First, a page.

The International Monetary Fund (IMF) says Pakistan’s economy can grow 1.5% this fiscal year. The World Bank says it can grow just 1.3%. But the State Bank of Pakistan (SBP) governor still believes the country’s gross domestic product (GDP) can expand as much as 3%.
He proudly points to a strong recovery in large-scale manufacturing, better prospects of agricultural growth, meteoric rise in remittances, uptrend in exports and reversal of current account deficit as key indicators of a strong economic recovery.
And, he is right to a great extent. That is why independent economists have also started questioning growth projections of the IMF and World Bank.
One key element of strong economic recovery is private sector credit offtake. And, luckily Pakistan has started doing better on this count, too.
In nine months of current fiscal year, between July 1, 2020 and April 2, 2021, banks’ net lending to the private sector went up to Rs444.5 billion from Rs332.8 billion in the comparable period of last fiscal year, according to SBP statistics.
Increased private sector lending by banks indicates that businesses are doing better than before. Some businesses are seeking working capital from banks as demand for their products has gone up, some businesses are seeking funds for capital expenses for balancing, modernisation and replacement (BMR) and some are using bank funding for augmenting their existing fixed investment.
All this means they see greater future demand for their goods and services and more upbeat spending trends by consumers.
On the other hand, part of the private sector lending by banks is directed towards end-consumers in the form of mortgage finance, auto finance or personal loans for purchase of household items or for meeting higher expenses on health, education, etc.
Points to ponder
That said, a few things cause concern and need to be analysed carefully.
First, the upswing in private sector lending by banks to businesses and consumers is largely due to the fact that Pakistan’s economy shrank 0.4% in the last fiscal year and full fiscal year private sector lending tanked to just Rs196 billion.
Second, the current higher trend in private sector borrowing owes much to interest rate slashing – from 13.25% to 7%.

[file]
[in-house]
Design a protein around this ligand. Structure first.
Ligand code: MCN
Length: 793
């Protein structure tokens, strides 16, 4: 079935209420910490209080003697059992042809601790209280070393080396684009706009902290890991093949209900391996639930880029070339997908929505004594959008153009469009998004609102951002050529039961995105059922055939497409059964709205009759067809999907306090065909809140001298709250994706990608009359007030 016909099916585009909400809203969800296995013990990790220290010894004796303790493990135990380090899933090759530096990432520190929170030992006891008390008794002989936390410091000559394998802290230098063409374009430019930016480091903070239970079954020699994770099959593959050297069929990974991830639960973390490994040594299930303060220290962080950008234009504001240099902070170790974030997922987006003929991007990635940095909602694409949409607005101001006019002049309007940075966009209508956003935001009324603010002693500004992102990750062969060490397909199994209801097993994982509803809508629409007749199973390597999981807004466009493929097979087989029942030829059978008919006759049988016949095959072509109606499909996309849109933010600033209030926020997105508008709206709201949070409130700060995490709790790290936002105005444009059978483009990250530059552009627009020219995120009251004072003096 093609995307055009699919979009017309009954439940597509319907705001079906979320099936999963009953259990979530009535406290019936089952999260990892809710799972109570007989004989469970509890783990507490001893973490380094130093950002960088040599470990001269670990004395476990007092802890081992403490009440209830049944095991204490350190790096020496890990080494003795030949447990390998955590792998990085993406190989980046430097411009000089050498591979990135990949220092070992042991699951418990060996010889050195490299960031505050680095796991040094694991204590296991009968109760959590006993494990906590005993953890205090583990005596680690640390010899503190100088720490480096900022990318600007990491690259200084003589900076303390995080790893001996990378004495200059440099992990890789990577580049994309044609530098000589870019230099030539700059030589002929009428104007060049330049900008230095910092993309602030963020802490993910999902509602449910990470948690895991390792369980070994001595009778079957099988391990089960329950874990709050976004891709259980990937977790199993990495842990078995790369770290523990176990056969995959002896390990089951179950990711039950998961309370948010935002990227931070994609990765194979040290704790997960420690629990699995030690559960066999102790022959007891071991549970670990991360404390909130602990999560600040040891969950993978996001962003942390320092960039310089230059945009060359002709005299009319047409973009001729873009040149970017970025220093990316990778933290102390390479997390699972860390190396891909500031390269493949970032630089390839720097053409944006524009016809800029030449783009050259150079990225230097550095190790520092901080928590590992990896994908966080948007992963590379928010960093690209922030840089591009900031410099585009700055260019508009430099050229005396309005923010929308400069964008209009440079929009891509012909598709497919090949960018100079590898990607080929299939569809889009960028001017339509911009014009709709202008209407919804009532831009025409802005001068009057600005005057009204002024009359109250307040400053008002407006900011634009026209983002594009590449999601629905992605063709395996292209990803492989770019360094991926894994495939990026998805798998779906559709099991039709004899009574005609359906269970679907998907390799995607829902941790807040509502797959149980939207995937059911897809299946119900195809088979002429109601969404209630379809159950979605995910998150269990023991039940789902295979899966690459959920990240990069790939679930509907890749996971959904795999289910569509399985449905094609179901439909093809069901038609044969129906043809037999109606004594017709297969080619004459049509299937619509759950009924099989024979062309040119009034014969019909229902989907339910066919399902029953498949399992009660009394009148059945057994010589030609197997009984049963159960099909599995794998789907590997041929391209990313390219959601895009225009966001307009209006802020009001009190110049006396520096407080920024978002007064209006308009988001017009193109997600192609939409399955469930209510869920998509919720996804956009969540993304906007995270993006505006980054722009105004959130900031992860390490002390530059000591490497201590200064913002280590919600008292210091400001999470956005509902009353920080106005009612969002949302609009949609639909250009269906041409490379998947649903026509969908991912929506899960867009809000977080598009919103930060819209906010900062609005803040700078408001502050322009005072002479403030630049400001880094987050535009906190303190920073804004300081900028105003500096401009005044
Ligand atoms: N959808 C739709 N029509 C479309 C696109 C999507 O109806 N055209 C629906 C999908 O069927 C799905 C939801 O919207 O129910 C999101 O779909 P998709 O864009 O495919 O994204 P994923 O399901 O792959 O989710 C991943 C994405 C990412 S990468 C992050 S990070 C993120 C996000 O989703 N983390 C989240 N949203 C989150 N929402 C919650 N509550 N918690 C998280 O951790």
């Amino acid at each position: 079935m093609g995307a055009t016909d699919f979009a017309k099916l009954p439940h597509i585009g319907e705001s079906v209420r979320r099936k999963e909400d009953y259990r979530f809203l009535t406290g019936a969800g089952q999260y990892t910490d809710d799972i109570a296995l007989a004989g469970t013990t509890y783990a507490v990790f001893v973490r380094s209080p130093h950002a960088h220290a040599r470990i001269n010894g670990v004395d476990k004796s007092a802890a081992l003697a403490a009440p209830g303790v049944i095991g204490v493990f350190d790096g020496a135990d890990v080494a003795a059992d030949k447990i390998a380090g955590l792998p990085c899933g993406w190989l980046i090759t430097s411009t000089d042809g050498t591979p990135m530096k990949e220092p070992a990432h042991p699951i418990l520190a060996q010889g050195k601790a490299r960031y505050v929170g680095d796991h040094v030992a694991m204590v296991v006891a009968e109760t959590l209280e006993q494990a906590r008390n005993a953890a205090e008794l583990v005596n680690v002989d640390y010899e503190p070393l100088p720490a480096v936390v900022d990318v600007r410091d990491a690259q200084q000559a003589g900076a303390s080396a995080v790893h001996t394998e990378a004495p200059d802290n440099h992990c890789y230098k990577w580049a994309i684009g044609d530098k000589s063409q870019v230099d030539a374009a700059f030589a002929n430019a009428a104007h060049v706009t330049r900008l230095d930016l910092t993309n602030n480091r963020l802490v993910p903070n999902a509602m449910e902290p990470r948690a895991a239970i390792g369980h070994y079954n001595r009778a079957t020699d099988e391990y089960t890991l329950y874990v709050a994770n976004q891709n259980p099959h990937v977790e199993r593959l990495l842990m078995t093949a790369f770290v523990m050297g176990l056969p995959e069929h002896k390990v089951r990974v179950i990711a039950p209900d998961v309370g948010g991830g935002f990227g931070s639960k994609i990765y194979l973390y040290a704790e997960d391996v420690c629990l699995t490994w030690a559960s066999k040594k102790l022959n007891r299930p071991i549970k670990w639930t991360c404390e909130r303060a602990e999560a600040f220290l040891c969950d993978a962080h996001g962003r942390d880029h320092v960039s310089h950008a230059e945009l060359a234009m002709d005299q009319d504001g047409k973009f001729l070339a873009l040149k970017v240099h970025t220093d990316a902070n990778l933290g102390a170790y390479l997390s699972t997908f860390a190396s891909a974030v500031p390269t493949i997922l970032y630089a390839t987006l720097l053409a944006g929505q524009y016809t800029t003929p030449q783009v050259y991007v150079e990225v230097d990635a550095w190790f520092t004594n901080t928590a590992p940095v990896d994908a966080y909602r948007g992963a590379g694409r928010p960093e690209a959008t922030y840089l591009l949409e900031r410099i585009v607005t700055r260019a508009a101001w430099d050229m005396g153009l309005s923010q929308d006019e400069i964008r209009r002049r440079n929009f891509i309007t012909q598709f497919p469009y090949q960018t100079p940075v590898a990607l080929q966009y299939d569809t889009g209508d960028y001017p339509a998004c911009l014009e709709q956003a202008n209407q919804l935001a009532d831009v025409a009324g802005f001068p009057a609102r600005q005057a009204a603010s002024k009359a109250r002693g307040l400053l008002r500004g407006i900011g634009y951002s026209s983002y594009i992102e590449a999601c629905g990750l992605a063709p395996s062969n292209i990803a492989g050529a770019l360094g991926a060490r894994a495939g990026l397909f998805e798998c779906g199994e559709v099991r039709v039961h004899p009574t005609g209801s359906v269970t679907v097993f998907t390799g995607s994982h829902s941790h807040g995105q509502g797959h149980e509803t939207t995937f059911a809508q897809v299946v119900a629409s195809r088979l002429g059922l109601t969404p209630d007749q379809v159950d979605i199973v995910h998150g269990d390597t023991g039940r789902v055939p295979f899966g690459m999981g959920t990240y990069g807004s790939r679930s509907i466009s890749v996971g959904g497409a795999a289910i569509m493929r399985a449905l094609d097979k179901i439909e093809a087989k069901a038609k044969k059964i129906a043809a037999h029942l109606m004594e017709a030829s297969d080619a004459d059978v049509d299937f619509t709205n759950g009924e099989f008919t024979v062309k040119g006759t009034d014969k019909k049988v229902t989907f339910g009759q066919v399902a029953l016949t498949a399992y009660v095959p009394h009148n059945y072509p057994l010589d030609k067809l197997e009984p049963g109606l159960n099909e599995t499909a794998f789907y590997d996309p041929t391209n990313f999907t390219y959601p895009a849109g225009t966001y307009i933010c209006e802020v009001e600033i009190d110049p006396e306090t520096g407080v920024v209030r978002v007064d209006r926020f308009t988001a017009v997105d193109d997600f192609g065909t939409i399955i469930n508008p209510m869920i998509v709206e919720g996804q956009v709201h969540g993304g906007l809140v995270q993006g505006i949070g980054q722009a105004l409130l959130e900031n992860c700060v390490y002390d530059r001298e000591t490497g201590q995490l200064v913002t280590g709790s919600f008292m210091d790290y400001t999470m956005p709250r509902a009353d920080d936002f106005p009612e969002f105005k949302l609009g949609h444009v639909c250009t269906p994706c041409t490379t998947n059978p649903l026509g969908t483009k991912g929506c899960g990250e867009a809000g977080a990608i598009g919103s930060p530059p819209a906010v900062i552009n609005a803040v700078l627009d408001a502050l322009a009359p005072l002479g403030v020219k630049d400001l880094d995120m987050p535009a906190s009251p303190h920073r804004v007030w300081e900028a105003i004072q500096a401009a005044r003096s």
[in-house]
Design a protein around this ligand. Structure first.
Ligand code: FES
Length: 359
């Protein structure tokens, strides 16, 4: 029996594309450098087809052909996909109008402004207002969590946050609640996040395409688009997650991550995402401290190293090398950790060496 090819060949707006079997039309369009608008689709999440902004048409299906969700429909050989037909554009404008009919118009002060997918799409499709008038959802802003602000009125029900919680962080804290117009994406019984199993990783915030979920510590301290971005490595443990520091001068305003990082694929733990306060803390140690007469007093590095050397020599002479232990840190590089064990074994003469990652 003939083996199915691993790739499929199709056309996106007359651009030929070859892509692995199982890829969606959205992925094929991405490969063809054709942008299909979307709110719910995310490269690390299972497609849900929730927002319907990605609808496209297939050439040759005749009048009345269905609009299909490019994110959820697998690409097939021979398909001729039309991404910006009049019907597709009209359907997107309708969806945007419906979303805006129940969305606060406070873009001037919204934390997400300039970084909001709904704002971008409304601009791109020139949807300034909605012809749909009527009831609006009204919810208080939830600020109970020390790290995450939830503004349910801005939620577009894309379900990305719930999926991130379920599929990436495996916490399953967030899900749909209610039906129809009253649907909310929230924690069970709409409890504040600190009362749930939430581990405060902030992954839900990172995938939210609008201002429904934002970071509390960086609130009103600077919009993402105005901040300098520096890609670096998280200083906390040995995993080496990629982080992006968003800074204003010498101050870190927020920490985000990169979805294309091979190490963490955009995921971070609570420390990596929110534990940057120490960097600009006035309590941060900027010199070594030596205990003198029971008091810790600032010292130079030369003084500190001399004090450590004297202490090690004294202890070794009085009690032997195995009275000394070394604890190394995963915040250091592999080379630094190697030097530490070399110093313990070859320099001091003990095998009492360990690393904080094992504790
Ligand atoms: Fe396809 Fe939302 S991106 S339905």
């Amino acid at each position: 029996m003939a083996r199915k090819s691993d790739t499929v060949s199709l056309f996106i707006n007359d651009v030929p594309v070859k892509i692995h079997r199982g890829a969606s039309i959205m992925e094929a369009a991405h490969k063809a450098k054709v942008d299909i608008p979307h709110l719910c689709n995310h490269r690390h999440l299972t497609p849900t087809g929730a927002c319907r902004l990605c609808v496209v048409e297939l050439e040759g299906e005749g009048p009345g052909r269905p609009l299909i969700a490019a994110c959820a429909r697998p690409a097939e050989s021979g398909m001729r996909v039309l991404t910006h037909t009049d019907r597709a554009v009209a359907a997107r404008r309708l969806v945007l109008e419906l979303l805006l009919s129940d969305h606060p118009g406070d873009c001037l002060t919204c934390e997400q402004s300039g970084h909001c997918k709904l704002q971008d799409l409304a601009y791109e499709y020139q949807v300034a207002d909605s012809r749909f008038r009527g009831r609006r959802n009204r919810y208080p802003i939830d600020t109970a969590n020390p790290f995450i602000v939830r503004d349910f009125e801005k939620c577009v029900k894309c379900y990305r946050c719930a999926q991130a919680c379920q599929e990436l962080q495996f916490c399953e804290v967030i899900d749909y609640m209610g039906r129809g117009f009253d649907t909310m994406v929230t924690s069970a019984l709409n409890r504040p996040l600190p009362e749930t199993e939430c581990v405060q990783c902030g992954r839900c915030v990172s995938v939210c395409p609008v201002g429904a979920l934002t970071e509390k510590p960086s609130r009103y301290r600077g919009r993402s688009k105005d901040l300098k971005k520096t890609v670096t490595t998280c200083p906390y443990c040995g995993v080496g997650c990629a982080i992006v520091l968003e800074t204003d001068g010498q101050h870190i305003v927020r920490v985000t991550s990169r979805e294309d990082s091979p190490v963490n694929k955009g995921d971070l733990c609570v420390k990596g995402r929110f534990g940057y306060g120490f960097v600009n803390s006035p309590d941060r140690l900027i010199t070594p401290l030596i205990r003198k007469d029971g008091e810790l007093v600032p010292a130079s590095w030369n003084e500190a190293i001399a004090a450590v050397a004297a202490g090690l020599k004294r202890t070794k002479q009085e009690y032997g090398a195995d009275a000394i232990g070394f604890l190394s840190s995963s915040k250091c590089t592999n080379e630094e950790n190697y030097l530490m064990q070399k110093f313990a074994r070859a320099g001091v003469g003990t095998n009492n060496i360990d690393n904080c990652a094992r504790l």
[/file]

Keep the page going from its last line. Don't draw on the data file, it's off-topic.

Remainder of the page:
And third, whereas nine-month private sector lending in FY20 was as high as Rs332.8 billion, it fell to Rs196 billion in the final quarter. This means the nine-month private sector lending of Rs444.5 billion in this fiscal year may also see a declining trend in the April-June quarter. Or, at least it cannot increase much in the last quarter.
In Pakistan, the private sector lending normally starts picking up in the first quarter of a new fiscal year, ie July-September, rises in the second quarter, peaks in the third and then declines in the fourth.
We have seen some deviations in this pattern in the past – either due to interest rate adjustment or due to above-average economic growth or contraction. But by and large this trend holds.
In the fourth quarter of FY21, one can expect such a deviation from the historic trend for two reasons.
First, hundreds of billions worth of concessionary loans approved by the SBP since March 2020 are in the pipeline. Secondly, even non-concessionary loans are low-priced and the central bank has clearly indicated in its monetary policy statement that low interest rates are here to stay for a while.
This means that unlike past when businesses and consumers used to be unsure of interest rate movements and wanted to clear all debts of previous year before June, this year they are not in such a hurry.
Another thing which gives hope that private sector lending will not come down in April-June of this year is that the agriculture sector is doing well and agricultural credit demand also remains stronger than what it used to be in the last quarter of previous fiscal years.
Besides, banks nowadays are awash with liquidity and can afford to lend generously to the private sector as well as the government with equal ease.
In nine months of FY21, they have already lent Rs1.97 trillion to the federal government, up from Rs1.51 trillion in nine months of previous fiscal year.
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However, the higher bank funding for the private sector in a low interest rate environment alone cannot guarantee stronger performance of the private sector in the absence of political stability and good governance.
The current political situation in Pakistan can hardly be termed stable and the recent Lahore incident has exposed all claims of good governance.
What compounds the problem even further is the surge in third wave of the Covid-19 pandemic. Mini and smart lockdowns, shortened business timings and two-day market closures, necessitated by the rising cases of Covid-19, are sure to decelerate the ongoing economic recovery to a certain extent.
If political polarisation is allowed to grow and if the writ of the government is not established affecting the overall law and order situation, then there seems to be little hope for the economy to expand 3%.
So, all federal and provincial governments and all political forces must join hands to avoid a slower-than-required GDP growth.
We all know that in the backdrop of 0.4% economic recession, a 3% growth is just what is required to avoid a vortex of joblessness and pain-inflicting fall in people’s net income amidst a high 9% inflation.
The writer is a mechanical engineer and is doing masters
Published in The Express Tribune, May 3rd, 2021.